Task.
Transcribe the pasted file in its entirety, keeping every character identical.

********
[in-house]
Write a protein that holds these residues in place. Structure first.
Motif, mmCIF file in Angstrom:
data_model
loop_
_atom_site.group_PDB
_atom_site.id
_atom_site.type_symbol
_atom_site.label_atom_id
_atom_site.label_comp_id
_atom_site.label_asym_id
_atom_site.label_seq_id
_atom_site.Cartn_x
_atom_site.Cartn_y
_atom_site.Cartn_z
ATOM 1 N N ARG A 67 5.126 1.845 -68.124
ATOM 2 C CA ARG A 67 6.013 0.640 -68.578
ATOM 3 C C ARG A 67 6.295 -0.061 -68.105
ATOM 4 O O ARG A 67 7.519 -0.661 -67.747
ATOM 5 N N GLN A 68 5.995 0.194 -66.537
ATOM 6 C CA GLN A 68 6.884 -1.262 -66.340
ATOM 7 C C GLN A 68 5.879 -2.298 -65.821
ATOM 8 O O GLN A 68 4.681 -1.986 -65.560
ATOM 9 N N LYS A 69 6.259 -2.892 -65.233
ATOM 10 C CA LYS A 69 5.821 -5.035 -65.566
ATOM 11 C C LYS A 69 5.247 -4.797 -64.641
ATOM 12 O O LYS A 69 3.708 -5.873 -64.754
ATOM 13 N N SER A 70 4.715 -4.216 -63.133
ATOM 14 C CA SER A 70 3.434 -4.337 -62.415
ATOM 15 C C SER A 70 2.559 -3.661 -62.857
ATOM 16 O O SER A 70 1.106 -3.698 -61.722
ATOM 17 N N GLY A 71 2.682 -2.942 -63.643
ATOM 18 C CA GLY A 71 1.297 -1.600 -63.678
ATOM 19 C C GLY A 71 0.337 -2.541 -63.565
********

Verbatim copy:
[in-house]
Write a protein that holds these residues in place. Structure first.
Motif, mmCIF file in Angstrom:
data_model
loop_
_atom_site.group_PDB
_atom_site.id
_atom_site.type_symbol
_atom_site.label_atom_id
_atom_site.label_comp_id
_atom_site.label_asym_id
_atom_site.label_seq_id
_atom_site.Cartn_x
_atom_site.Cartn_y
_atom_site.Cartn_z
ATOM 1 N N ARG A 67 5.126 1.845 -68.124
ATOM 2 C CA ARG A 67 6.013 0.640 -68.578
ATOM 3 C C ARG A 67 6.295 -0.061 -68.105
ATOM 4 O O ARG A 67 7.519 -0.661 -67.747
ATOM 5 N N GLN A 68 5.995 0.194 -66.537
ATOM 6 C CA GLN A 68 6.884 -1.262 -66.340
ATOM 7 C C GLN A 68 5.879 -2.298 -65.821
ATOM 8 O O GLN A 68 4.681 -1.986 -65.560
ATOM 9 N N LYS A 69 6.259 -2.892 -65.233
ATOM 10 C CA LYS A 69 5.821 -5.035 -65.566
ATOM 11 C C LYS A 69 5.247 -4.797 -64.641
ATOM 12 O O LYS A 69 3.708 -5.873 -64.754
ATOM 13 N N SER A 70 4.715 -4.216 -63.133
ATOM 14 C CA SER A 70 3.434 -4.337 -62.415
ATOM 15 C C SER A 70 2.559 -3.661 -62.857
ATOM 16 O O SER A 70 1.106 -3.698 -61.722
ATOM 17 N N GLY A 71 2.682 -2.942 -63.643
ATOM 18 C CA GLY A 71 1.297 -1.600 -63.678
ATOM 19 C C GLY A 71 0.337 -2.541 -63.565